Video Shows Reporter Being Arrested at Ohio Governor's Press Conference
Ohio police charged NewsNation's Evan Lambert with disorderly conduct and criminal trespassing. Ohio Gov. Mike DeWine said he did not authorize the arrest.
A reporter was filmed being arrested on Wednesday while covering the devastating train derailment in East Palestine, Ohio.
ABC 6 writes that the incident took place inside an elementary school gymnasium, where Ohio’s Republican governor, Mike DeWine, conducted a press conference. The briefing was reportedly scheduled to take place at 3 p.m. local time, but DeWine didn’t start addressing media until two hours later, when NewsNation correspondent Evan Lambert was scheduled to go live for Rush Hour.
According to the network, law enforcement approached Lambert and his photographer, Preston Swigart, telling them to stay quiet while DeWine was speaking. Lambert reportedly continued with his live shot, which resulted in an altercation.
“From their standpoint, he didn’t obey orders when he was told to stop talking,” Swigart said. “Gymnasiums are echoey and loud and sound kind of carries, so I’m guessing that they just didn’t like the fact that there was sound competing with the governor speaking, even though it was all the way at the other end of the room.”
Video taken after the conference showed Lambert in a heated discussion with officers, who then forced him to the ground before placing him in handcuffs. The correspondent was reportedly arrested for disorderly conduct and criminal trespassing.
“It’s tough to do your job in America in 2023, but we’ll keep doing it,” Lambert said as he was put in the back of a squad car.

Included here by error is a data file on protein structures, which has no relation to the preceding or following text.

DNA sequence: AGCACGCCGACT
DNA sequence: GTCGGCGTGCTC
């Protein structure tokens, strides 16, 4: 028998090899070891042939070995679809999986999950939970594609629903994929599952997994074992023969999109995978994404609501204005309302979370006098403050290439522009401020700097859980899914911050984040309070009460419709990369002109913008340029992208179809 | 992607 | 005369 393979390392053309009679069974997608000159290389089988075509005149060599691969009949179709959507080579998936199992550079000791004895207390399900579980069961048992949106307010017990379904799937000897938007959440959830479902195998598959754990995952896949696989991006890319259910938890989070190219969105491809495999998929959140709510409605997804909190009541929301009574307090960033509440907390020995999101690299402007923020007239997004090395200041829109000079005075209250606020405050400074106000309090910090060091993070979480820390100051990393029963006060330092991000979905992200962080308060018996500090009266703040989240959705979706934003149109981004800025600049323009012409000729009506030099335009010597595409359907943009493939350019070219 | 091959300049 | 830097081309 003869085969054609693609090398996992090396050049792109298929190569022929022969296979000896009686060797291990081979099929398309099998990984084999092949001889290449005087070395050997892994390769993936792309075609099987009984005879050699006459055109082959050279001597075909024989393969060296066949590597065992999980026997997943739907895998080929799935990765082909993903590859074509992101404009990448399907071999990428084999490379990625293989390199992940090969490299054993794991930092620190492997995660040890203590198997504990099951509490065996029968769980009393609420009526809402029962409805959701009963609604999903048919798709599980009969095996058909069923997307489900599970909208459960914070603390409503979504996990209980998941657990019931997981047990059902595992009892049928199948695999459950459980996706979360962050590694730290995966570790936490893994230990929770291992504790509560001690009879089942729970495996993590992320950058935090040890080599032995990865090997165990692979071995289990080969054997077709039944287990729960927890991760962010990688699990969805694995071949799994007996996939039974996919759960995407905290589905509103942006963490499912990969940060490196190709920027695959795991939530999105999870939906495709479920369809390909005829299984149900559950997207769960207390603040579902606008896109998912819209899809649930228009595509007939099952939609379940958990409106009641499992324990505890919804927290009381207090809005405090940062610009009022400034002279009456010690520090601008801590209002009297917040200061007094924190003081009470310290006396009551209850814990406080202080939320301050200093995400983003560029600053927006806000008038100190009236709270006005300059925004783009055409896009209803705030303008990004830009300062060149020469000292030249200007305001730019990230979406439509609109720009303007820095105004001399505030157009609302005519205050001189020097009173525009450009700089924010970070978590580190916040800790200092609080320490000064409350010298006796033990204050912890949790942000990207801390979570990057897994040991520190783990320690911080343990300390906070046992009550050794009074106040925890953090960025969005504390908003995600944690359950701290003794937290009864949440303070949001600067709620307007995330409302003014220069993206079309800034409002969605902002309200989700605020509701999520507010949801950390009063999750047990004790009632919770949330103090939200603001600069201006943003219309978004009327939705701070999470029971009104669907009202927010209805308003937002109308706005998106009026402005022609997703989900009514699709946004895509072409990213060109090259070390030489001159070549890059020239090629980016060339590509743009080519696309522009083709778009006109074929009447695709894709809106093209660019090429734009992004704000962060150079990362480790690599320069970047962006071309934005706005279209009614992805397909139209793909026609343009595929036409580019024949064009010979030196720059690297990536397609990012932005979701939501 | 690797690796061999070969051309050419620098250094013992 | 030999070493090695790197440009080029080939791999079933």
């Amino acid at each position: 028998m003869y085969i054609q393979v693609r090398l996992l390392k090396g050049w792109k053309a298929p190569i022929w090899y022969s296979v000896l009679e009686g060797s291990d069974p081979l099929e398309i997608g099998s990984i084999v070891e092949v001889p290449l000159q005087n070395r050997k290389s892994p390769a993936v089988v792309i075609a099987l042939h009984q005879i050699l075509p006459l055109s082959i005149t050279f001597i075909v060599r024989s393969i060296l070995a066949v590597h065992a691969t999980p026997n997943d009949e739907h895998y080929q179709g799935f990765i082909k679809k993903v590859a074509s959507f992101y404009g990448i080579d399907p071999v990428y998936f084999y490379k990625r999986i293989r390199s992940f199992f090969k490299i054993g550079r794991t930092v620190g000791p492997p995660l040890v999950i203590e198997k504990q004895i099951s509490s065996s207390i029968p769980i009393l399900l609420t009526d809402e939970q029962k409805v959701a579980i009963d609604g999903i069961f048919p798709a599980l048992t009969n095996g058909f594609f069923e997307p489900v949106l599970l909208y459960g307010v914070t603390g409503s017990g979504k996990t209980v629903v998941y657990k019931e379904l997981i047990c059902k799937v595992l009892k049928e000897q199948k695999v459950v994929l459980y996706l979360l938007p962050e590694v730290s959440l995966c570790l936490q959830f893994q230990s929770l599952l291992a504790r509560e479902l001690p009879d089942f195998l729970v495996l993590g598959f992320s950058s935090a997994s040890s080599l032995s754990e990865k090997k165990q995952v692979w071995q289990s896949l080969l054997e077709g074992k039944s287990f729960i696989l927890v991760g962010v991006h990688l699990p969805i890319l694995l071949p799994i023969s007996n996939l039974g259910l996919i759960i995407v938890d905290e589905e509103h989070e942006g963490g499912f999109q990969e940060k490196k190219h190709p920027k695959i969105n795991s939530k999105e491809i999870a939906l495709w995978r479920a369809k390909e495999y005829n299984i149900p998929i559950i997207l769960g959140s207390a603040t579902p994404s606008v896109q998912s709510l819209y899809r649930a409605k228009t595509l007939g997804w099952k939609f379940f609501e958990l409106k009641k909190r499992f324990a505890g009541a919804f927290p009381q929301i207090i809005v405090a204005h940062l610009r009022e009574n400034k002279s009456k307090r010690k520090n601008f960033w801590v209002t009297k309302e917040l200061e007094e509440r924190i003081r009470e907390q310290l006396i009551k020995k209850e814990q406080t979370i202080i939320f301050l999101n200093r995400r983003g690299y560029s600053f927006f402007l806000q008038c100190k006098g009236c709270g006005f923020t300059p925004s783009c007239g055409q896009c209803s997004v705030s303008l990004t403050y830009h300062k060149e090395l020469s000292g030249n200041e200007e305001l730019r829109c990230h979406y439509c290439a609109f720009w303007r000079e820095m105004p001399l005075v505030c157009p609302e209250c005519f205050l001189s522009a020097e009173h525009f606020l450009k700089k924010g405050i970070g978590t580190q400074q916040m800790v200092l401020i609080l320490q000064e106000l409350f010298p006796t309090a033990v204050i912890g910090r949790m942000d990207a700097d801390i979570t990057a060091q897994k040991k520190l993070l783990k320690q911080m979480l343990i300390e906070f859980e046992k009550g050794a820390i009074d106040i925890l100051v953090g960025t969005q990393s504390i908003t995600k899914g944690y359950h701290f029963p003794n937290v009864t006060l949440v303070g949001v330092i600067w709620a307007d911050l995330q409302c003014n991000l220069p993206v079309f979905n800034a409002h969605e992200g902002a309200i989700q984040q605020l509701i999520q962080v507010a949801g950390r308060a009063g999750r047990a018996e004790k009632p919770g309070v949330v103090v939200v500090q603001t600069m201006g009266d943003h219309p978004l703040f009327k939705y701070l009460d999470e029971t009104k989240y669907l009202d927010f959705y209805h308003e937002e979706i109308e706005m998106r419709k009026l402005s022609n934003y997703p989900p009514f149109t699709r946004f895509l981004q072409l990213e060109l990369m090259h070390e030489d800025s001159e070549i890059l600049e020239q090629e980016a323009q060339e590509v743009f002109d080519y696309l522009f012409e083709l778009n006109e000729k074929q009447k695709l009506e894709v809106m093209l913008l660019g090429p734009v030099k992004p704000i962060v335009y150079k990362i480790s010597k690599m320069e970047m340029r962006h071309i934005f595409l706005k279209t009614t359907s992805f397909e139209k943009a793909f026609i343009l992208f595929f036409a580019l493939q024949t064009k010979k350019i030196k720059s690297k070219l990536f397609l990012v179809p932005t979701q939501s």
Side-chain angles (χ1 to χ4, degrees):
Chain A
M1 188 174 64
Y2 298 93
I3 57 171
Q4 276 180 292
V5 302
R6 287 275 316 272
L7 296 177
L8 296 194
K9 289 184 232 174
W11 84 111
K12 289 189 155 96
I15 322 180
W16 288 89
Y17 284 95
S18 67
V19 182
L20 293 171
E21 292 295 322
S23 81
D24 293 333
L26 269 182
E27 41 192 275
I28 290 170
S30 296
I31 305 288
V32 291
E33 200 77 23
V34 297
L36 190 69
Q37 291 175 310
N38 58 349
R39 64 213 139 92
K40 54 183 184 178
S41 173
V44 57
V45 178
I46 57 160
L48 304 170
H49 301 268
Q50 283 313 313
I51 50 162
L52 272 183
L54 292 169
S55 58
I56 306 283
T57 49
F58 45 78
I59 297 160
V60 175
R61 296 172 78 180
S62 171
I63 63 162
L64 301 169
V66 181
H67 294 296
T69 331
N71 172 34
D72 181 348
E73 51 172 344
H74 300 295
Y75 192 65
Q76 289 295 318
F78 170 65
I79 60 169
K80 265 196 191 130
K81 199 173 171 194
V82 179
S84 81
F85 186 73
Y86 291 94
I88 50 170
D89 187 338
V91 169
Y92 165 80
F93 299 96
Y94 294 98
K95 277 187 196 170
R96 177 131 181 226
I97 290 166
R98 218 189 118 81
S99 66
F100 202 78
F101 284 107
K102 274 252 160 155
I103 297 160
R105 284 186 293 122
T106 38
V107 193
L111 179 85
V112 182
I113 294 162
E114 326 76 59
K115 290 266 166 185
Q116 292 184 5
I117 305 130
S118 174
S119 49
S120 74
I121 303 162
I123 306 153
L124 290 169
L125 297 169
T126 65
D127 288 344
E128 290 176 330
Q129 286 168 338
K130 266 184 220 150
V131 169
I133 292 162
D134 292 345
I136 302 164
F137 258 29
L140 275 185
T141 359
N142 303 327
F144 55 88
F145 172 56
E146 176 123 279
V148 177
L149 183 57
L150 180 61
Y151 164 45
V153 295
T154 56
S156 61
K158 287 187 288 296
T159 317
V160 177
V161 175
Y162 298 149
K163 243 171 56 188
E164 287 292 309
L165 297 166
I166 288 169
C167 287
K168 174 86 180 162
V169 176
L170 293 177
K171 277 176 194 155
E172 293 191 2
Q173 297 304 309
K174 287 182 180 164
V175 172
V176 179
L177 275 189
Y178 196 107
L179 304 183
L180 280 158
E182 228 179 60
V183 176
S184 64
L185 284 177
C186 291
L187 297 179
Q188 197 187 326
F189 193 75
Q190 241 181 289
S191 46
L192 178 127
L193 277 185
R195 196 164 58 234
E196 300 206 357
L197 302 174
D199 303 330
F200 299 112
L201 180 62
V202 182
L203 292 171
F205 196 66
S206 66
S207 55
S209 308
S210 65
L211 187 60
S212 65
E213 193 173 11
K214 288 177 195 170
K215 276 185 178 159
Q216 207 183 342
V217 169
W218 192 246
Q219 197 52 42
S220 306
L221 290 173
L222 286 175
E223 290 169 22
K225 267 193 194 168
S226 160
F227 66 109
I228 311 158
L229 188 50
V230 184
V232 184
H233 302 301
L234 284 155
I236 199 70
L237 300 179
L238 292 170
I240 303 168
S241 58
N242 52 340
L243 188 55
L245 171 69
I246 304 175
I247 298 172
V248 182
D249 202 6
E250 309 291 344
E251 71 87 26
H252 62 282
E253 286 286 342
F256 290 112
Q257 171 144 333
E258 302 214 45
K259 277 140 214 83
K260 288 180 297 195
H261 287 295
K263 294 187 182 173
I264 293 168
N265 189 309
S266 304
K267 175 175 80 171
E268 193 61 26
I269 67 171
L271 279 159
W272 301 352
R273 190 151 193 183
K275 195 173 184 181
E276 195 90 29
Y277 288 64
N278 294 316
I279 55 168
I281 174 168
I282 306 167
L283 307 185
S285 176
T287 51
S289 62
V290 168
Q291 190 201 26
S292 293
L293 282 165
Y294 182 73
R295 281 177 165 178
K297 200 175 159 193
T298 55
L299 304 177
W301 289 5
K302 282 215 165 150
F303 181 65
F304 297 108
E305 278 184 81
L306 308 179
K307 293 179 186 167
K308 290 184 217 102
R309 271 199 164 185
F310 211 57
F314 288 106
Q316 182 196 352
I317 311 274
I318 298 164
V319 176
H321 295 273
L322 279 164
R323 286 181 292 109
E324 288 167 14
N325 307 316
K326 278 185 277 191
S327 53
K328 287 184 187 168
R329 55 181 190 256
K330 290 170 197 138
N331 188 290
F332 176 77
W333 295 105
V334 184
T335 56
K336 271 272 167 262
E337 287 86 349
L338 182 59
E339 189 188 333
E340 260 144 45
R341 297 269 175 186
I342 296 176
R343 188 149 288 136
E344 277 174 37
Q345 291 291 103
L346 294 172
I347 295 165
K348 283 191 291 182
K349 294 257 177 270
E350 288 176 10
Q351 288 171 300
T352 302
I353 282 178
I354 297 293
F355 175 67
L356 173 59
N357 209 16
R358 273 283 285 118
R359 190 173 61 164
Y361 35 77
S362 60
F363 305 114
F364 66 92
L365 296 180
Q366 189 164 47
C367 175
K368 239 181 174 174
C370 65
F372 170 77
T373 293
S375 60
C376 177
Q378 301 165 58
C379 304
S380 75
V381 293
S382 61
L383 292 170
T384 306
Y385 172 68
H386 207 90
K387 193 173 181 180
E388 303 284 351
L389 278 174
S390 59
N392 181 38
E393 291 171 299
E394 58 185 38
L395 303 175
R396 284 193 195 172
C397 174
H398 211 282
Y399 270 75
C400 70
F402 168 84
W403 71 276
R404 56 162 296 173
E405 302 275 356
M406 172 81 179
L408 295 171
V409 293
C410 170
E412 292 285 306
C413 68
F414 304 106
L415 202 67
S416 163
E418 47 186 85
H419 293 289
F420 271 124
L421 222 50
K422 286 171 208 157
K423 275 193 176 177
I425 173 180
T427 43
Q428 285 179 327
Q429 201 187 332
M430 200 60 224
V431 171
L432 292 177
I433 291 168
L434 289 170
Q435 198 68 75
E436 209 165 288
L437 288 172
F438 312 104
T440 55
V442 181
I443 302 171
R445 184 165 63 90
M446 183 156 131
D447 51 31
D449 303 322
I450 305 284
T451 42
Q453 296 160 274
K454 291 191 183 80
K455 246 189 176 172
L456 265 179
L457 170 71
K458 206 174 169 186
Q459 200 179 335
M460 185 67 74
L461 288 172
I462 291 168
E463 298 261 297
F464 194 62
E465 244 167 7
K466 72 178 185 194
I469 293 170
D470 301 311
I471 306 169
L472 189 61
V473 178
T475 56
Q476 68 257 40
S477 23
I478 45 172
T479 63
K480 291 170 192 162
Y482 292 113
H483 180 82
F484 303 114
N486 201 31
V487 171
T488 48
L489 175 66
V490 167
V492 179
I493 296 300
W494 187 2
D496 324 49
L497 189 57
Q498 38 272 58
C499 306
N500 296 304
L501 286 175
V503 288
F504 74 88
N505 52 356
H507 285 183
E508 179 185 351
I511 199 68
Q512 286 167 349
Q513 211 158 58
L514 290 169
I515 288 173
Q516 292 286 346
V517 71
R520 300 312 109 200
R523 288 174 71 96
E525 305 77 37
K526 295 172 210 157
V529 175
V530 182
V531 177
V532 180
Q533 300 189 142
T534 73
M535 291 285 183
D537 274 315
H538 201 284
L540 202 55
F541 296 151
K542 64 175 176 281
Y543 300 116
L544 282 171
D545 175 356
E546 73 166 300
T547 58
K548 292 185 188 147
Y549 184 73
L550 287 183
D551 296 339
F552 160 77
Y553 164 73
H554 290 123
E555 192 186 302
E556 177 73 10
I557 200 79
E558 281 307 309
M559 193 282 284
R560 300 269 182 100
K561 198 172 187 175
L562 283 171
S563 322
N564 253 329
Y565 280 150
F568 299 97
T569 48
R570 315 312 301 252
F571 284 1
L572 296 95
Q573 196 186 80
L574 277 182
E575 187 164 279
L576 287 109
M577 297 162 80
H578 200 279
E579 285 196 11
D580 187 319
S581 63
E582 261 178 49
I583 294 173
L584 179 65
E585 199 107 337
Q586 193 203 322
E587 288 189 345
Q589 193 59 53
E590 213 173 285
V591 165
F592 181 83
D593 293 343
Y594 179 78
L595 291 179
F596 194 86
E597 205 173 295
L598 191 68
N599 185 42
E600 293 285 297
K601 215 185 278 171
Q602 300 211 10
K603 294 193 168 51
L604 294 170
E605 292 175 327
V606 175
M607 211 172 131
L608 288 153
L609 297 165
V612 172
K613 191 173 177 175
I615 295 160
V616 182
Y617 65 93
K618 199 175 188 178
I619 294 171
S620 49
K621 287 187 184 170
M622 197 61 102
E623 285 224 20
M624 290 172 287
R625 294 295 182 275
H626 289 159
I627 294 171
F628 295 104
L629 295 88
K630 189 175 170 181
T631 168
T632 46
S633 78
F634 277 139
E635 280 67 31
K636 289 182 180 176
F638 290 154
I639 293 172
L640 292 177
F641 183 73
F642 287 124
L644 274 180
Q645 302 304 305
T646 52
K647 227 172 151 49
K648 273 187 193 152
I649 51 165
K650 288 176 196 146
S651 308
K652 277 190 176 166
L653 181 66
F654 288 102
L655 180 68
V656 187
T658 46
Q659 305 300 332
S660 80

Gov. DeWine said he did not authorize the arrest and not agree with officers interrupting the live broadcast. DeWine also claimed he wasn’t aware of the issue until after it took place.
“It has always been my practice that if I’m doing a press conference, someone wants to report out there and they want to be talking back to the people back on channel, whatever, they have every right to do that,” DeWine said in a statement. “If someone was stopped from doing that, or told they could not do that, that was wrong. It was nothing that I authorized.”
NewsNation bureau chief Mike Viqueira stated that he was communicating with Lambert, who remained in the Columbiana County Jail on Wednesday night.
“First, Evan is safe and calm, and continues to act with professionalism and integrity that he brings to his work each day. As you see from the videos, he was doing his job—what hundreds of journalists do without incident—reporting to the public on a matter of urgent, critical interest to our audience. … Every effort is being made to assist Evan and secure his release as soon as possible,” Viqueira said in a statement.
Lambert was released later Wednesday night and went on air to discuss the situation:
“I’m doing fine right now, and it’s just been an extremely long day. I have to be kind of careful about what I say, but as you can see, I’m out,” he said.
Lambert is a Washington, D.C.-based reporter who traveled to Ohio to cover the fiery train derailment that occurred on Feb. 3. Officials said 10 of the derailed cars were transporting hazardous chemicals that slowly released into the air; one of the chemicals was vinyl chloride, an unstable substance that could’ve caused a major explosion.
In an effort to protect the public, Gov. DeWine issued a mandatory evacuation while emergency crews conducted “controlled burns” at the derailment site. The order was officially lifted Wednesday, after air and water samples indicted residents were no longer at risk.